Mr. Jenkins: I have received your note which I consider one of the few disrespectful communications that I have received during my connection with this institution as its official head. I have neither time nor inclination to debate the matter with you of your attending devotional exercises and even if there were a disposition to debate the matter or of the school to change its policy, the attitude assumed in your communication leaves, the school, but one course to pursue. I have stated plainly the wish and policy of the school to you, it now remains for you to make your choice.” “February 29 [March 1], 1895,” Booker T. Washington
Presidential Commentary by Dr. Brian Johnson
Above is the third of three letters sent between the founding principal and president of Tuskegee Institute (University), Booker T. Washington, and an employee at the institution, Mr. William Jenkins. In the first communiqué sent to Mr. Jenkins, Mr. Washington sought to “remind [him] again that it is the policy of this institution for its academic teachers to be present in the chapel…”. In the second correspondence, Mr. Jenkins explained to his employer, “If you will give me some place to prepare my lessons instead of my bedroom I shall be only too glad to comply with your order.” (Mr. Jenkins believed that unless the institution provided him with adequate facilities for lesson preparation, he would continue to not comply with policy.) Hence-the third and final piece of correspondence was Mr. Washington’s response above. Now, one must remember that the 19th century was altogether different from the 21st century. Every institution of higher education in the 19th century possessed policies that persons in the 21st century would hardly think appropriate in our contemporary society. Notwithstanding, all 21st century institutions and organizations-at least the most thoroughly efficient and well-organized ones-possess policies designed to help promote the general interest and welfare of the organization, and if one employee habitually-even openly-flaunts his or her failure to comply with policy then this promotes organizational disarray. Among many other considerations, other employees note partiality with respect to the employee, and are discouraged from following policy by the institution’s bad precedent. (If an institution fails to follow and enforce its own policies, it does so to its own detriment and needlessly contributes to institutional discord.) In the end, however, we do not know what choice Mr. Jenkins or Mr. Washington made when the founding principal and president of Tuskegee Institute (University) stated thus: “I have stated plain the wish and policy of the school to you, it now remains for you to make a choice.” Yet, when one considers the length and success of Mr. Washington’s 34-year presidency, it is not unimaginable to deduce that Mr. Jenkins either complied with institutional policy or found employment elsewhere.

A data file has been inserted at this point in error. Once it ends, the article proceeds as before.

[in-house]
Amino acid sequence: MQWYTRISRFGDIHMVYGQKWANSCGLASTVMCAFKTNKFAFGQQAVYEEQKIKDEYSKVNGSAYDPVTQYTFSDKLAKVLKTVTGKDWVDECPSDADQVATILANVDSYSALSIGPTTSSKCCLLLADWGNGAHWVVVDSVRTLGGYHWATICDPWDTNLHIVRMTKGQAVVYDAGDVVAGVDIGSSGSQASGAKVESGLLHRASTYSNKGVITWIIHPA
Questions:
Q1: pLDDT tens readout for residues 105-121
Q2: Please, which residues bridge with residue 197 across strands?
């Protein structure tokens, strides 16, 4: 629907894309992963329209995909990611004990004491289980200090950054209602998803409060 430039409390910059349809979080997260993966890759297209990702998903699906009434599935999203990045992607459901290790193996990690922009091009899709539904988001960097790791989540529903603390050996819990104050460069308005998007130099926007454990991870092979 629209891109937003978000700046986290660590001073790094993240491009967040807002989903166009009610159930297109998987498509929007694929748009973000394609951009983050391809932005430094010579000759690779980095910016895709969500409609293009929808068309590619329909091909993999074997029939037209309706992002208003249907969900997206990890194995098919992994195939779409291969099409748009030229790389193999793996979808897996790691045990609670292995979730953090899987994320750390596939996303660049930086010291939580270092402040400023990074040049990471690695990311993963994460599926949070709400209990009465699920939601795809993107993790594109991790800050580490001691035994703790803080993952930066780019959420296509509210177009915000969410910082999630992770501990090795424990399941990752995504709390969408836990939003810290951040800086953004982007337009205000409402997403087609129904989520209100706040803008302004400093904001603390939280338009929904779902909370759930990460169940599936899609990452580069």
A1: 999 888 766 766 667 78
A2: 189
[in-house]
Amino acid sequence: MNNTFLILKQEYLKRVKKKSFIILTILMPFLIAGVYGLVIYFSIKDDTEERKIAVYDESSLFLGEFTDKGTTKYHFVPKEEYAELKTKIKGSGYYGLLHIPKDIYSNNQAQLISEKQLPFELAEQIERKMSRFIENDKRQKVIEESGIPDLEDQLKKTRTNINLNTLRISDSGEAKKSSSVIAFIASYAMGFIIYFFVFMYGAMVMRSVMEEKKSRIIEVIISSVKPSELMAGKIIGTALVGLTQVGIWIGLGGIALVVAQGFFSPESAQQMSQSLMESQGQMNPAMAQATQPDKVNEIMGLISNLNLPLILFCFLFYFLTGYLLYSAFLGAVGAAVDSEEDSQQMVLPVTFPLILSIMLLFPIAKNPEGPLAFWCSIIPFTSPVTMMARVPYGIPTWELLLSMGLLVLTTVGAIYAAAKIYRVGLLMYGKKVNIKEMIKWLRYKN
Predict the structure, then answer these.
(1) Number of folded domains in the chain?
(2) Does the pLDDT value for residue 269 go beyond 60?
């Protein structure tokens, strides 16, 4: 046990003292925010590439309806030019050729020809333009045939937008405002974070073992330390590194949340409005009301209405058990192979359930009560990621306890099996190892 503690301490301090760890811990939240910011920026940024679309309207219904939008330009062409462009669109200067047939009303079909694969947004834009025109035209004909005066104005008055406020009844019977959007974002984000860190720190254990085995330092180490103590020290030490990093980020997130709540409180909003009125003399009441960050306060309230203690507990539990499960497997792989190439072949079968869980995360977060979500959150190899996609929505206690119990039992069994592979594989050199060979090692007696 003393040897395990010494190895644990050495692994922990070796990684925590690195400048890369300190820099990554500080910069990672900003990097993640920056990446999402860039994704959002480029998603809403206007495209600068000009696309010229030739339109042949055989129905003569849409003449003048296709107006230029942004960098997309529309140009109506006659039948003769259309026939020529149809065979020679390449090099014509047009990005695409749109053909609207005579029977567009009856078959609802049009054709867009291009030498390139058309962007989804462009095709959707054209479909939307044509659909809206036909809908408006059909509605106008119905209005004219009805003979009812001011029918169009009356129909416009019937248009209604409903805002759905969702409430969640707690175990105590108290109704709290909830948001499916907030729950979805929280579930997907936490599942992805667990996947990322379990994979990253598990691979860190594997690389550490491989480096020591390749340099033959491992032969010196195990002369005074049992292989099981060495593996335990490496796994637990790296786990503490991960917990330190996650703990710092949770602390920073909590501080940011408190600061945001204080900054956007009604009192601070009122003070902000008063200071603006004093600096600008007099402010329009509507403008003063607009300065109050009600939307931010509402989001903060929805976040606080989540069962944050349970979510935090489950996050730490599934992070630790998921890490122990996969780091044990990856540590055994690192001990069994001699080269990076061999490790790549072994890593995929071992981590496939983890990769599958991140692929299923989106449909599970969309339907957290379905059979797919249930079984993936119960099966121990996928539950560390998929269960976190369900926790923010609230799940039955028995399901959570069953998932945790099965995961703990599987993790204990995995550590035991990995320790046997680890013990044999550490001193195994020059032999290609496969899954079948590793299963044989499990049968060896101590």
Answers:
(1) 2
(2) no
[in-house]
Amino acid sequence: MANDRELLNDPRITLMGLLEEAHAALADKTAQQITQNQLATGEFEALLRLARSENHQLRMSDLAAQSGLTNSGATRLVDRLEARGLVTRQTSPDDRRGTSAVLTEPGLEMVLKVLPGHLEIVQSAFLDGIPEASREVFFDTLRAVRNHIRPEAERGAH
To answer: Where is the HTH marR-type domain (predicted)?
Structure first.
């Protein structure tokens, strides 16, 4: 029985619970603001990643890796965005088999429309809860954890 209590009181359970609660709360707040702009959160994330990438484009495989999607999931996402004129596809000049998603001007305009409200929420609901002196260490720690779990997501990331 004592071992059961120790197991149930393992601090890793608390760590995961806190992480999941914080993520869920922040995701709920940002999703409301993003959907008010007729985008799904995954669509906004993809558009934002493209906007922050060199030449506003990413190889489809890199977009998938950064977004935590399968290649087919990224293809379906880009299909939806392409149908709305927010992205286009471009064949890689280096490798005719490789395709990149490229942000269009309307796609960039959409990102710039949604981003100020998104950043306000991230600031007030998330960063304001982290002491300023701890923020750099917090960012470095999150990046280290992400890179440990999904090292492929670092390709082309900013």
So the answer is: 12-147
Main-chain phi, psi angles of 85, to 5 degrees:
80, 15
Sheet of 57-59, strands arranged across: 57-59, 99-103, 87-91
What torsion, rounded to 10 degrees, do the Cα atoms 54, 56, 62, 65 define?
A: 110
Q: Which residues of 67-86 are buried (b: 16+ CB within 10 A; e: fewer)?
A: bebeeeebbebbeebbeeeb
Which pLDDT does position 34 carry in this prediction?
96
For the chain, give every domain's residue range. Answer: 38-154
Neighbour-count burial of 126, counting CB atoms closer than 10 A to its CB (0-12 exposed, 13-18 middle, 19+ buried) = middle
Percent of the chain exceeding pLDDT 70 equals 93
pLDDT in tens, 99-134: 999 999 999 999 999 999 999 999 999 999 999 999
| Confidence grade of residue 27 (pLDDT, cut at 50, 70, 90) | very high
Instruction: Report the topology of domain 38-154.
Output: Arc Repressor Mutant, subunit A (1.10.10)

Brian L. Johnson, Ph.D.